Marijuana Anonymous

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Marijuana Anonymous (MA) founded in 1989 is an organization and twelve-step program for people with common desire to maintain abstinence from marijuana.[1]


Marijuana Anonymous (MA) formed in June 1989[1] to address compulsive use of cannabis. Since its inception, the MA fellowship has followed the Twelve Traditions and suggests practicing the Twelve Steps, both of which originated from Alcoholics Anonymous.[2] Among the founders at the first MA conference in Morro Bay were delegates from Marijuana Smokers Anonymous (Orange County, California), Marijuana Addicts Anonymous (the San Francisco Bay area), and Marijuana Anonymous (Los Angeles County). Other existing fellowships from Seattle and New York City (1974), enfolded into MA later.[3]

Marijuana Anonymous set up in London UK in 2000.[4][citation needed]


As an organization, Marijuana Anonymous attempts to stay neutral and has no official stance on the legality of cannabis. It is difficult for the organization to avoid taking a stance on whether marijuana is physically addicting, as their program is intended to help recover from marijuana addiction. However, the organization maintains that its materials are not to be considered medical or scientific literature, but rather based on personal experiences of its members.[5]


Meetings are a vital part of the MA program. This is where fellowship members go for support, for literature, and mark and celebrate their abstinence from marijuana. There are regularly scheduled (typically weekly) in-person meetings[6] across the globe, as well as online and phone meetings.[7] Those with a desire to quit marijuana use may also participate in an online discussion forum.[8]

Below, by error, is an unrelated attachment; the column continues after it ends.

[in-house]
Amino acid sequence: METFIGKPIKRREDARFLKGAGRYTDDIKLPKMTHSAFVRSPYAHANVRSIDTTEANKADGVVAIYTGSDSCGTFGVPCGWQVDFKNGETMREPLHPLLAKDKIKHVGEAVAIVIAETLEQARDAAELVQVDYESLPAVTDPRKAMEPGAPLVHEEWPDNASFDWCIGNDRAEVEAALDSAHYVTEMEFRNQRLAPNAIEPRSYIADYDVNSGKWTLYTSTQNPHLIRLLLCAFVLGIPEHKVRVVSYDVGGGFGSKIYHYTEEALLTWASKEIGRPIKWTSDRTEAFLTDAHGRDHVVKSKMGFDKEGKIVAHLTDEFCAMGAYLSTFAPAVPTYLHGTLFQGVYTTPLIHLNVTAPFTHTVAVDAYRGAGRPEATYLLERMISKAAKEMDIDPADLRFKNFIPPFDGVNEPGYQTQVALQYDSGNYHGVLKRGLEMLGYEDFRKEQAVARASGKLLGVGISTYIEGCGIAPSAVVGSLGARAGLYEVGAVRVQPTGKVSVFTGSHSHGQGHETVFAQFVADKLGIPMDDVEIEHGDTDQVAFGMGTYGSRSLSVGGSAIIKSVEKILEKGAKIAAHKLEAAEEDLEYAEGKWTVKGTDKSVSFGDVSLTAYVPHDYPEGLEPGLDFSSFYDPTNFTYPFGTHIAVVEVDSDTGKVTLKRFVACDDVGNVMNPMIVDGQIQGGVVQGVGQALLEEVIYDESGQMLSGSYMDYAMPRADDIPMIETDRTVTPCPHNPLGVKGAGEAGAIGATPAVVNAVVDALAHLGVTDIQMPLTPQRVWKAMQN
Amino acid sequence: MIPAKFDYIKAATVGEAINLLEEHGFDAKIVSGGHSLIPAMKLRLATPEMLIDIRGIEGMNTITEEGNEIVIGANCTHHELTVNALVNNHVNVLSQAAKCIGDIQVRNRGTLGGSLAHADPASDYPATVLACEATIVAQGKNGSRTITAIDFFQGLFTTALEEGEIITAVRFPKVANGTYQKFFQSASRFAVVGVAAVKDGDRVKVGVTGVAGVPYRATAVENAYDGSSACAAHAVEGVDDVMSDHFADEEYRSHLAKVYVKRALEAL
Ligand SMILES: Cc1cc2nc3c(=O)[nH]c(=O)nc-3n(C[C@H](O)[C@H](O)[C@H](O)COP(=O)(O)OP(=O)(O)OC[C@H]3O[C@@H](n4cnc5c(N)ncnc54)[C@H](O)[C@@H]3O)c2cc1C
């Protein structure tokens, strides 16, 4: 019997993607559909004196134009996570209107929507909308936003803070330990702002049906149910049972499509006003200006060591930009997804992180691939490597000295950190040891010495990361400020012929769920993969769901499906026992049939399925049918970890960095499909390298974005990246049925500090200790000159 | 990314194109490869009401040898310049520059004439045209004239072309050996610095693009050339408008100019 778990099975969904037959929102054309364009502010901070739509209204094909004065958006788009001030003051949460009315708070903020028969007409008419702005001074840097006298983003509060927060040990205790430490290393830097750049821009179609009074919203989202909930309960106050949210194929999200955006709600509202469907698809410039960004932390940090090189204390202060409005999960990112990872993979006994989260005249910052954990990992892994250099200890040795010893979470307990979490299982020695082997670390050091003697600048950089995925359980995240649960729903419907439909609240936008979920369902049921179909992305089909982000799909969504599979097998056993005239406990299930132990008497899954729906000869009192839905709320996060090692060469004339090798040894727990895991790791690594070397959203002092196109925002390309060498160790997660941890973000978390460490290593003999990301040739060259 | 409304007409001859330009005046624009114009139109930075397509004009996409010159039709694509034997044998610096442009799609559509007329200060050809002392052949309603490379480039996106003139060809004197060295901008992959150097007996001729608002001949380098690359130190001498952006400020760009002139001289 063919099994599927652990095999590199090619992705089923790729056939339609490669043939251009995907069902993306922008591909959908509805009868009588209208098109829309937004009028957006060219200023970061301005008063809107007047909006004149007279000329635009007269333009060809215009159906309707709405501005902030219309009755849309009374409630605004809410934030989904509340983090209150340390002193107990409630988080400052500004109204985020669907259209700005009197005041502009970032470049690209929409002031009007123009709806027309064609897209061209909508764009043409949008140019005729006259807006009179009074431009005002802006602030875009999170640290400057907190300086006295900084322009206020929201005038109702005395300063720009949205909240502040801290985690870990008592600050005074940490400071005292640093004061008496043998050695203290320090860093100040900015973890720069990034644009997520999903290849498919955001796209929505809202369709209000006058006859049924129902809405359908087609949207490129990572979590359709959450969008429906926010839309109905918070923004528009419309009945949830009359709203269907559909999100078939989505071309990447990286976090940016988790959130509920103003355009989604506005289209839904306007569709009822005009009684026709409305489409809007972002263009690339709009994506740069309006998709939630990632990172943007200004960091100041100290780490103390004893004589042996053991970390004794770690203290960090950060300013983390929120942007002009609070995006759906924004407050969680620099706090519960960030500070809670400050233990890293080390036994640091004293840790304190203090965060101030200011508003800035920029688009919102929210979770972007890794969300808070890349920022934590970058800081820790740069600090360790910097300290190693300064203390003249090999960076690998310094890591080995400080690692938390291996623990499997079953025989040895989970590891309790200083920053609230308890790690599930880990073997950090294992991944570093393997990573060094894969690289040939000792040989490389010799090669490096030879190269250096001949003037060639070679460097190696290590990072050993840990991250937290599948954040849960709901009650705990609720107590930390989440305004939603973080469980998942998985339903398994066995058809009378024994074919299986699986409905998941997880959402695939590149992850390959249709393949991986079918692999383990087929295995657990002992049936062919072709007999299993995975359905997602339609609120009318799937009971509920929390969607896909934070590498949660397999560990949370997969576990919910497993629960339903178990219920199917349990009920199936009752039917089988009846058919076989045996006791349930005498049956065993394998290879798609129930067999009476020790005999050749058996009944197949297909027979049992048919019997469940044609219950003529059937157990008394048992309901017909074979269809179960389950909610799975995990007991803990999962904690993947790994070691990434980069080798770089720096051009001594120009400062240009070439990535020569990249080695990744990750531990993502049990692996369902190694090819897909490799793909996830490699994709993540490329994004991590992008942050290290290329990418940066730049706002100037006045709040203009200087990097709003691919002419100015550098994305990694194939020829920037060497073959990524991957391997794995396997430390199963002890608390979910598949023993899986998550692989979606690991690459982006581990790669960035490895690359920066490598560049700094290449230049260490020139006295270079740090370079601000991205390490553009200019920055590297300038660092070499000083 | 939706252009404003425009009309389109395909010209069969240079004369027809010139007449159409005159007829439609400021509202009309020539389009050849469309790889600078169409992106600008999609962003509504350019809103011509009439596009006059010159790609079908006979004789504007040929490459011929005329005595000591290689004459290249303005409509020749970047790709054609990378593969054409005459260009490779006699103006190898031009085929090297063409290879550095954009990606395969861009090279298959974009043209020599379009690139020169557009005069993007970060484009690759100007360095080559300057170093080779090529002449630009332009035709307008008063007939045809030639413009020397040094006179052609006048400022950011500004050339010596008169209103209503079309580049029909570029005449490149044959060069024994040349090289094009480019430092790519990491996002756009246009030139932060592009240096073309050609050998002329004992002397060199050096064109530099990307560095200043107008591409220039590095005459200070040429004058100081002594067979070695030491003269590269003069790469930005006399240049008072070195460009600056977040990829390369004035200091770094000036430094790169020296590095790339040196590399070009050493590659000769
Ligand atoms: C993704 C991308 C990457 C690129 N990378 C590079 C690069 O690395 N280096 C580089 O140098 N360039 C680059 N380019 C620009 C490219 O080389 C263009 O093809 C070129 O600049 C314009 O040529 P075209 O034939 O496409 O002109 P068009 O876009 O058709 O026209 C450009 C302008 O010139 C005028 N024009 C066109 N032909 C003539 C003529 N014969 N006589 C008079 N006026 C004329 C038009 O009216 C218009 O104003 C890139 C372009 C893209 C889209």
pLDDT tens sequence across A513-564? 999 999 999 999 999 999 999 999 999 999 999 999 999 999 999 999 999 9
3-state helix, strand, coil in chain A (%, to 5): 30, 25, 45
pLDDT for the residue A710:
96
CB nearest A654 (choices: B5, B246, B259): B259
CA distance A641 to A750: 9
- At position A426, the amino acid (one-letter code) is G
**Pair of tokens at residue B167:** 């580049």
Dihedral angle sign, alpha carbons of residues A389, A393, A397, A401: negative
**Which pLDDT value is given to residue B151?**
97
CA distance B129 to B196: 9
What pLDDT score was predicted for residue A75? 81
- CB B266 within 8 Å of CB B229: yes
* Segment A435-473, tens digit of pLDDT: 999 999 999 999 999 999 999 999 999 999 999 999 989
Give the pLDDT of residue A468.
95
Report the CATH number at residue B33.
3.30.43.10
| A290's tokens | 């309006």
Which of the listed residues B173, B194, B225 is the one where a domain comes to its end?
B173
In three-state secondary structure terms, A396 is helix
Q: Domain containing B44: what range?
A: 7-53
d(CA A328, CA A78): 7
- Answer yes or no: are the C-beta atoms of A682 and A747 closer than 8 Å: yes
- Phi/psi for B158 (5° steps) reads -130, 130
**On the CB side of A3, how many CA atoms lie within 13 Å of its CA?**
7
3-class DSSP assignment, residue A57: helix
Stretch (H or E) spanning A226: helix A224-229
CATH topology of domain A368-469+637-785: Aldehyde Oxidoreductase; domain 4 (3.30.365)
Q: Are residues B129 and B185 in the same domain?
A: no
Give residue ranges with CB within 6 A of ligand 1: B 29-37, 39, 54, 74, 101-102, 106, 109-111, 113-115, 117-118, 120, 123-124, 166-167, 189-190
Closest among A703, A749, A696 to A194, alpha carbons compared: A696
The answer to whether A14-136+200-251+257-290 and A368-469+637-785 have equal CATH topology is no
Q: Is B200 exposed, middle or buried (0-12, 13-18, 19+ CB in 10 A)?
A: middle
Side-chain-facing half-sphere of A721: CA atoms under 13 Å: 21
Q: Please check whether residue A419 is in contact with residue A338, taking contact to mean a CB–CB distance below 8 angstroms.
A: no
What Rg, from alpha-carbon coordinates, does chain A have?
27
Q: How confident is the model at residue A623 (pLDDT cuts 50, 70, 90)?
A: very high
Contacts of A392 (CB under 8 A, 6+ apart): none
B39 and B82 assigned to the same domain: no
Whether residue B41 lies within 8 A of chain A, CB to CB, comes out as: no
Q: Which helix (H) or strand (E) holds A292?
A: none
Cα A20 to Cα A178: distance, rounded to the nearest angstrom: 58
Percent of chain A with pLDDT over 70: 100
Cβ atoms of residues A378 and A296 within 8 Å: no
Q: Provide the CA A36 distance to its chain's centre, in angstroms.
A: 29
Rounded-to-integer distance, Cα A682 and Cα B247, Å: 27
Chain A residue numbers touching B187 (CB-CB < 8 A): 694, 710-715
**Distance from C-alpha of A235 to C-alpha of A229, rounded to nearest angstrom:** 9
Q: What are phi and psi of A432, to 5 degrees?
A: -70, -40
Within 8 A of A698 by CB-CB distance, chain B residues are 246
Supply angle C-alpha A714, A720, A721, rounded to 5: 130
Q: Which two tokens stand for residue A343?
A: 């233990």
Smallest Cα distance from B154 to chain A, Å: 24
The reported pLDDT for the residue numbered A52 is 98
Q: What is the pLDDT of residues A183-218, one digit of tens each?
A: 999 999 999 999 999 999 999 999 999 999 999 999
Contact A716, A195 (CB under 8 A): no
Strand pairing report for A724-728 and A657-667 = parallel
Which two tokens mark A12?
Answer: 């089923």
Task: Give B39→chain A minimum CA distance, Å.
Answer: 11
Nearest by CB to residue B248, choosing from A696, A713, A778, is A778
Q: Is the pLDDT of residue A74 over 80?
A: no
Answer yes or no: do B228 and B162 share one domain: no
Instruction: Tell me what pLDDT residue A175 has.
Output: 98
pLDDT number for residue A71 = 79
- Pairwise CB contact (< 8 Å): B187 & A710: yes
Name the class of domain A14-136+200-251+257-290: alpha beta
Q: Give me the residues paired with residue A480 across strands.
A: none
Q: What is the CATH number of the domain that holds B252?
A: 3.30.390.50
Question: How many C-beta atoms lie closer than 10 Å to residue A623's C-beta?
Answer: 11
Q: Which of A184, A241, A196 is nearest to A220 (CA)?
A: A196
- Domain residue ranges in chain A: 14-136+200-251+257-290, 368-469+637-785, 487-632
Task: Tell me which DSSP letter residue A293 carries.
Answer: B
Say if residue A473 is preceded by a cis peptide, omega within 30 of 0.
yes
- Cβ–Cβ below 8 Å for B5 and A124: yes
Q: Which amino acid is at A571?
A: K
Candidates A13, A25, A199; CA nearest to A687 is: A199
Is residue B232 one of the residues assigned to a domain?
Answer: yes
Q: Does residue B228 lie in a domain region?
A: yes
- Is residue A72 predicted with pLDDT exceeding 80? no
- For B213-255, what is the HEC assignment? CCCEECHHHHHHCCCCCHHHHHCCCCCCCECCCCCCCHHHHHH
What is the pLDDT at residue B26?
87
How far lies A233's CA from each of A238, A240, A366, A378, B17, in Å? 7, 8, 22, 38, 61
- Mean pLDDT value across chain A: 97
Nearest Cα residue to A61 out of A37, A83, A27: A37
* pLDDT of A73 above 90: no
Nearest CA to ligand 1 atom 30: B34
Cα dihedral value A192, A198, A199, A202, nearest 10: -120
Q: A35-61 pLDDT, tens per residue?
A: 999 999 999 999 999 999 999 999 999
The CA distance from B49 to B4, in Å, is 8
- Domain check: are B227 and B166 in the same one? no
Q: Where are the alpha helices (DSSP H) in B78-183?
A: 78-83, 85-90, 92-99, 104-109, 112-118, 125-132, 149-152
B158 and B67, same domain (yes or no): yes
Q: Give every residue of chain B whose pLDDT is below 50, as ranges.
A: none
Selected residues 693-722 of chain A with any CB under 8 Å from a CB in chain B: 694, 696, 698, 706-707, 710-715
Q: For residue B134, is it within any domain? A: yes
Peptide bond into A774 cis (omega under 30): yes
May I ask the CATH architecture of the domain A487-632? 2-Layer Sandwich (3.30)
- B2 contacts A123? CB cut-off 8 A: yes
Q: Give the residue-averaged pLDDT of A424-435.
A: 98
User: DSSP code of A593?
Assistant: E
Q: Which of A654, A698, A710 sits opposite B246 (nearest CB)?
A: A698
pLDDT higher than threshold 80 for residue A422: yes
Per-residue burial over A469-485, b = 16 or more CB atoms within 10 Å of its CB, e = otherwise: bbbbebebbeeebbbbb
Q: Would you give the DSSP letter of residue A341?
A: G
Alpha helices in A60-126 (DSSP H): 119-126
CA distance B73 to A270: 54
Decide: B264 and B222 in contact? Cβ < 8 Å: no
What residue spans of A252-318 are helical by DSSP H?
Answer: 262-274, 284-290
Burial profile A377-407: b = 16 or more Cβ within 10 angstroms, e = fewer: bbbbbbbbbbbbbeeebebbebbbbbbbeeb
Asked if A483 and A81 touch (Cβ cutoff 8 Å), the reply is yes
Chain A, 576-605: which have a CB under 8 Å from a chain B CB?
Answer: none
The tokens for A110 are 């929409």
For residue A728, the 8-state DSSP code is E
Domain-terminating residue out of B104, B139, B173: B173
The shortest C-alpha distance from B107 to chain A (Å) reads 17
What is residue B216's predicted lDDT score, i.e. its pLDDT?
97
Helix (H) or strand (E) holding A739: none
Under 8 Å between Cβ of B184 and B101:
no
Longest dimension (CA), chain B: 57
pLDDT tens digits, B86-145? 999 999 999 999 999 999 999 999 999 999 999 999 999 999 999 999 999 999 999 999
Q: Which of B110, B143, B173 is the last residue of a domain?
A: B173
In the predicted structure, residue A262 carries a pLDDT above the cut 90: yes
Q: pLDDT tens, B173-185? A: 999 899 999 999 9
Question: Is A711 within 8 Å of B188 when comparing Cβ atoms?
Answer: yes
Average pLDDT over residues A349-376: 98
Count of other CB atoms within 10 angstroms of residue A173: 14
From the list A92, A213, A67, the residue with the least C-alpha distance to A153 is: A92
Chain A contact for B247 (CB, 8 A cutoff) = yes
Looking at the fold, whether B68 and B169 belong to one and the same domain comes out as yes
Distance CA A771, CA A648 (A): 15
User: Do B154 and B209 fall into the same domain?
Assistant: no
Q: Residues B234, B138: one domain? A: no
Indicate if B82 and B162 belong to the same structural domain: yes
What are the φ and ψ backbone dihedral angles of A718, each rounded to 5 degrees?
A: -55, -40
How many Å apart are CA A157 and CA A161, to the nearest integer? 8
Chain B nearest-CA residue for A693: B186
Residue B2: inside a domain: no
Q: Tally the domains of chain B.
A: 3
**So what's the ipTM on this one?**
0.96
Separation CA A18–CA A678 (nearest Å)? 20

Various meeting formats exist, including speaker, participation, book study, candlelight.


Life With Hope[edit]

The full title is Life With Hope: A Return to Living Through the Twelve Steps and Twelve Traditions of Marijuana Anonymous.[9] Similar to AA's book, Twelve Steps & Twelve Traditions, this book describes the steps and traditions of the program as they relate specifically to marijuana addicts. Similar to The Big Book (Alcoholics Anonymous), Life with Hope contains personal stories of recovery. The full text is available in PDF format.[10]

A New Leaf[edit]

A New Leaf is a monthly newsletter published by Marijuana Anonymous. It contains stories and sobriety anniversaries of MA members along with the occasional article from the board members.[11]


Like most twelve step programs, MA also has informative pamphlet literature which it gives away for free. Pamphlets topics range from Why Marijuana Anonymous, Detoxing From Marijuana, Working the Program, etc.[12]


  1. ^ a b Wetzstein, Cheryl (1997-11-12). "Addicted to weed, boomers abandon life-ruining 'herb': Marijuana Anonymous tries to help". Washington Times.
  2. ^ Vaughan Rees; Jan Copeland; Wendy Swift (1998). A brief cognitive-behavioural intervention for cannabis dependence: Therapists' treatment manual (PDF). University of New South Wales, Australia.
  3. ^ "Why Marijuana Anonymous?". Marijuana Anonymous. Retrieved 23 August 2012.
  4. ^ "What is Marijuana Anonymous?". Marijuana Anonymous UK. Retrieved 28 August 2016.
  5. ^ Mckee, John. "What is Marijuana Anonymous?". QuitMarijuana.Org. Retrieved 28 August 2016.
  6. ^ "In-Person Meetings". Marijuana Anonymous World Services. Retrieved 23 August 2012.
  7. ^ "Online Meetings". Marijuana Anonymous World Services. Archived from the original on 3 September 2012. Retrieved 23 August 2012.
  8. ^ "Forum". Marijuana Anonymous World Services. Retrieved 23 August 2012.
  9. ^ Marijuana Anonymous World Services, Inc. (2001). Life with Hope: A return to living through the twelve steps and twelve traditions of Marijuana Anonymous (Paperback ed.). Van Nuys: A New Leaf Publications. ISBN 0-9765779-0-9.
  10. ^ "Life With Hope". Marijuana Anonymous. Retrieved 23 August 2012.
  11. ^ "A New Leaf". A New Leaf Publications. Retrieved 23 August 2012.
  12. ^ "MA Pamphlets". Marijuana Anonymous. Retrieved 23 August 2012.

External links[edit]